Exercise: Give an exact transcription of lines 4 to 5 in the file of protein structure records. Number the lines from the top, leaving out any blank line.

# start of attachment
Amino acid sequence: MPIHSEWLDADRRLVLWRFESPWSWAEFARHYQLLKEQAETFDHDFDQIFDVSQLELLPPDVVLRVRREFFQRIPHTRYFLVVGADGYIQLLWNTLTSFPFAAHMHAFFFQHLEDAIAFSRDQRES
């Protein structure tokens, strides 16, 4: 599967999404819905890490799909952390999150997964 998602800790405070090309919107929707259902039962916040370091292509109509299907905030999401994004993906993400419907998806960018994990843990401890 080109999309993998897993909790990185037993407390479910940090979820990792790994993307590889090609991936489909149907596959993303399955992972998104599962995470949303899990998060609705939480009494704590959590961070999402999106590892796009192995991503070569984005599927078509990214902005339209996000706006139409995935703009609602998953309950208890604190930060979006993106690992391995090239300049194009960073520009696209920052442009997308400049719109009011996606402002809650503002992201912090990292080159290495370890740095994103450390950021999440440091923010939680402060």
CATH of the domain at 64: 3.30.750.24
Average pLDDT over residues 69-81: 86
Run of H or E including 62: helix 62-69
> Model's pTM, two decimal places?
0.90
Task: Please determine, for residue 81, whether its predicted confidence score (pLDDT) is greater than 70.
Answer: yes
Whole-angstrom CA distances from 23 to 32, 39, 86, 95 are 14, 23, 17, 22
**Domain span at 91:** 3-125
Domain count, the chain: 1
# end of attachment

Average pLDDT over residues 69-81: 86
Run of H or E including 62: helix 62-69